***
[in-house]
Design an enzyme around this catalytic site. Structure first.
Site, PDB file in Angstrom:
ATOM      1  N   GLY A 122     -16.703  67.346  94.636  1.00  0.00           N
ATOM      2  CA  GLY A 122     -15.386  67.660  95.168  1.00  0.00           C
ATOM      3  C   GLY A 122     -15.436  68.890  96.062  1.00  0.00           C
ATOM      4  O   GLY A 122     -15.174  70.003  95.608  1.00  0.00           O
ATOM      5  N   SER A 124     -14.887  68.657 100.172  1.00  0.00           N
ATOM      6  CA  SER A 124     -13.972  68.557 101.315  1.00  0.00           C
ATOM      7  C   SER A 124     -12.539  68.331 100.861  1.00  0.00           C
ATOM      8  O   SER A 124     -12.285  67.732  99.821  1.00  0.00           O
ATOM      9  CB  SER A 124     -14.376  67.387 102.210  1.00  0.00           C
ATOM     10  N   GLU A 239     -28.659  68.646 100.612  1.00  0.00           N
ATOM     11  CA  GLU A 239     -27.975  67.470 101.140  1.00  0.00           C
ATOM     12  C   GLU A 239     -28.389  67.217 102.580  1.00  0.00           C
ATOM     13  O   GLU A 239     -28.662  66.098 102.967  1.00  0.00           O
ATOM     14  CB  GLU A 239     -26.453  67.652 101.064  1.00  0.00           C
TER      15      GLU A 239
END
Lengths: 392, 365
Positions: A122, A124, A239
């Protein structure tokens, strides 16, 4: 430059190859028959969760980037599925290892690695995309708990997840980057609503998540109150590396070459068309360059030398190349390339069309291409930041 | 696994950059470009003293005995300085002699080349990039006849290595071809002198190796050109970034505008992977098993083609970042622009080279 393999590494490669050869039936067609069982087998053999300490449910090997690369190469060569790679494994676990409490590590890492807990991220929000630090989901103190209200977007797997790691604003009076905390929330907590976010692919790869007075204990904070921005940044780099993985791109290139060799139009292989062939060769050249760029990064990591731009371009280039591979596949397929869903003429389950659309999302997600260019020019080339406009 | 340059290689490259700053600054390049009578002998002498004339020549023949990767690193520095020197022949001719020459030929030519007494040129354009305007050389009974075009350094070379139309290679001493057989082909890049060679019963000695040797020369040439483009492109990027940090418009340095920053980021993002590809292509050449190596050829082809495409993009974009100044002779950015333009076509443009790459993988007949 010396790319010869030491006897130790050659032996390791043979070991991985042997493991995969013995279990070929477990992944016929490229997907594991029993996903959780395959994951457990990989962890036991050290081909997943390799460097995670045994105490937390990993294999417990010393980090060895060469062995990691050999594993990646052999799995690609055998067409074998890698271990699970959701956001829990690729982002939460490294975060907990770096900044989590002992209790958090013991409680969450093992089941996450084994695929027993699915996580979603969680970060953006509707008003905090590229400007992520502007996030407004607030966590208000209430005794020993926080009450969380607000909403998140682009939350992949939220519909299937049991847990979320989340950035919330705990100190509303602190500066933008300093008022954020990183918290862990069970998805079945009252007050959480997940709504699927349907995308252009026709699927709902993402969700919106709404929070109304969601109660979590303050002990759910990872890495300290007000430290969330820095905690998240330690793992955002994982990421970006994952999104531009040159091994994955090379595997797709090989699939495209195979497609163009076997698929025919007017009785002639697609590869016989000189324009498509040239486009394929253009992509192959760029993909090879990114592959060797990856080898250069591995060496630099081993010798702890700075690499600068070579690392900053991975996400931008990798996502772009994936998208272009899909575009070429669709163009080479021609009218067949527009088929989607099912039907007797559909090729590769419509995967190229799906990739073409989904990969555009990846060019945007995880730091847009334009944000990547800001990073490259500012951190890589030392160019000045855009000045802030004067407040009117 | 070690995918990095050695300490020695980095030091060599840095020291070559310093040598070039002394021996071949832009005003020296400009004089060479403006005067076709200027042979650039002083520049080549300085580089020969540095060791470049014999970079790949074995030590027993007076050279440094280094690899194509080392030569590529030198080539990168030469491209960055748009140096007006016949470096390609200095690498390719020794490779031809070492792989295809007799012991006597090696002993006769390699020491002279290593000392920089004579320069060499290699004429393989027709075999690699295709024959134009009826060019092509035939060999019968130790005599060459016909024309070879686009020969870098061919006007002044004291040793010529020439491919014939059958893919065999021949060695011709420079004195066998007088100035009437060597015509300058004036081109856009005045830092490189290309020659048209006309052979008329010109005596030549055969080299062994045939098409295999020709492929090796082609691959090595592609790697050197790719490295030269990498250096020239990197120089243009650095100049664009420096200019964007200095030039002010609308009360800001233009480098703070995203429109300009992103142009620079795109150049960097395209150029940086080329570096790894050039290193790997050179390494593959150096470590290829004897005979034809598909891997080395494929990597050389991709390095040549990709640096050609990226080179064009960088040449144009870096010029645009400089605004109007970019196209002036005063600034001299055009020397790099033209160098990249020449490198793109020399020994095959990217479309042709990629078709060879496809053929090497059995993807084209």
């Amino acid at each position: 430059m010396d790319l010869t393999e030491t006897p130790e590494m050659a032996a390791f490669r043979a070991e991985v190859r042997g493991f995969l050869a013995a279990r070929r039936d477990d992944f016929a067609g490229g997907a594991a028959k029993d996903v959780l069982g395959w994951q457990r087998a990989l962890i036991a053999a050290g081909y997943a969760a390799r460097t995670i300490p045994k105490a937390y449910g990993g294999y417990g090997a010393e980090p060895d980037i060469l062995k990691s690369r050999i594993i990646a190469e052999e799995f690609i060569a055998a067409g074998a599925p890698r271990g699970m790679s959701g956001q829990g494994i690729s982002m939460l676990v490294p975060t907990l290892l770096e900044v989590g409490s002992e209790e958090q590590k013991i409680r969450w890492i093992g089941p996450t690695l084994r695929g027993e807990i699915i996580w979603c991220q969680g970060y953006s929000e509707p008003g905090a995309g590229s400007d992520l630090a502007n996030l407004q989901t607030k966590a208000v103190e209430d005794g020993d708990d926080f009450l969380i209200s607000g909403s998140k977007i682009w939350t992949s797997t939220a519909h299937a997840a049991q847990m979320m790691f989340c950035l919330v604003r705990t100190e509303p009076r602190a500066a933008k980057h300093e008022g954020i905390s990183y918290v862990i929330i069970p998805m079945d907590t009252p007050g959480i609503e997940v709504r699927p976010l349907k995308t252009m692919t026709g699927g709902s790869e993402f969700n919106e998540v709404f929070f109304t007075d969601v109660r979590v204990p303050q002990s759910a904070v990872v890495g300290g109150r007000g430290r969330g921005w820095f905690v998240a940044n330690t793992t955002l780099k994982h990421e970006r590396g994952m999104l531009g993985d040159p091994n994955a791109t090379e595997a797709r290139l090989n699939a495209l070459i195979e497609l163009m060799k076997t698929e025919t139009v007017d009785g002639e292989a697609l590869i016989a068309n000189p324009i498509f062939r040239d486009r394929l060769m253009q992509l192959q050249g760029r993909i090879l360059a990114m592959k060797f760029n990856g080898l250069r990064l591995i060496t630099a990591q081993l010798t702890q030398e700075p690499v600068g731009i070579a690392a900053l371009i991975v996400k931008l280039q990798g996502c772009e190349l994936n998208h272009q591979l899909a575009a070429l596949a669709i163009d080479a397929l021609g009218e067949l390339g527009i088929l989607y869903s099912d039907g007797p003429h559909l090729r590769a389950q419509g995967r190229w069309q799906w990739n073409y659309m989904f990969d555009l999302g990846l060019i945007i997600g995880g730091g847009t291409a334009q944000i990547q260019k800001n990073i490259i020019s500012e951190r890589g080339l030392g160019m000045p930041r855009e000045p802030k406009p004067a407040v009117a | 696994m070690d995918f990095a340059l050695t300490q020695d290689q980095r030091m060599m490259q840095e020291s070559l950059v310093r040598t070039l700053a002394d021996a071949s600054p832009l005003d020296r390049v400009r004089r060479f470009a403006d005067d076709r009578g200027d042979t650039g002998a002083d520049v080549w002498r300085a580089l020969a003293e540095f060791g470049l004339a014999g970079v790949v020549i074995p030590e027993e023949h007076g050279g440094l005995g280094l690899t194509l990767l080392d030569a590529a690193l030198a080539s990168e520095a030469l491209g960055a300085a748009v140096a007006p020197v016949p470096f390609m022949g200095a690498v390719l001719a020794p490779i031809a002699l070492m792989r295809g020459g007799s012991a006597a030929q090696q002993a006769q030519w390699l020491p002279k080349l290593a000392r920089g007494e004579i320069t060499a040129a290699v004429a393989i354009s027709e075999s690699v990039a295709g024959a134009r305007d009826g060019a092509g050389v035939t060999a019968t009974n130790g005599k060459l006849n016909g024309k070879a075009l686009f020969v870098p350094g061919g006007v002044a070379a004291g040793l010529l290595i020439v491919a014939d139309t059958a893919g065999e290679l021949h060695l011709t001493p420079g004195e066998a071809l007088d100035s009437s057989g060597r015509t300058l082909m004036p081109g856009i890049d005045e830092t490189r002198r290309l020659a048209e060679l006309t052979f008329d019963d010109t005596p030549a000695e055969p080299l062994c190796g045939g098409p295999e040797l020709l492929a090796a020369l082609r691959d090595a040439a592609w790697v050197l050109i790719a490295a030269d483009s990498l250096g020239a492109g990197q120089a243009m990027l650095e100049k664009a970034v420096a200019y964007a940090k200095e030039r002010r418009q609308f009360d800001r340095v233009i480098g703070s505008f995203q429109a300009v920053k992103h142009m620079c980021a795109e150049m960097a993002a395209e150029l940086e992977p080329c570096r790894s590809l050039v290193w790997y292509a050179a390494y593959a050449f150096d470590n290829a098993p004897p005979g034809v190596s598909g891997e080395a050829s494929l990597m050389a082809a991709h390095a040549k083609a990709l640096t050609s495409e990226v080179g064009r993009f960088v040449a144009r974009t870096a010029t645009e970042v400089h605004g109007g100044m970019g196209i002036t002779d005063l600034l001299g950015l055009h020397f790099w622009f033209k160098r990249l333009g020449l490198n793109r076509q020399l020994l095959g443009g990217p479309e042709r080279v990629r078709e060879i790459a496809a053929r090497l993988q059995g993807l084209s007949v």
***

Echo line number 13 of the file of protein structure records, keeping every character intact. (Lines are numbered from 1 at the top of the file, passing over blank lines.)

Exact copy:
ATOM     10  N   GLU A 239     -28.659  68.646 100.612  1.00  0.00           N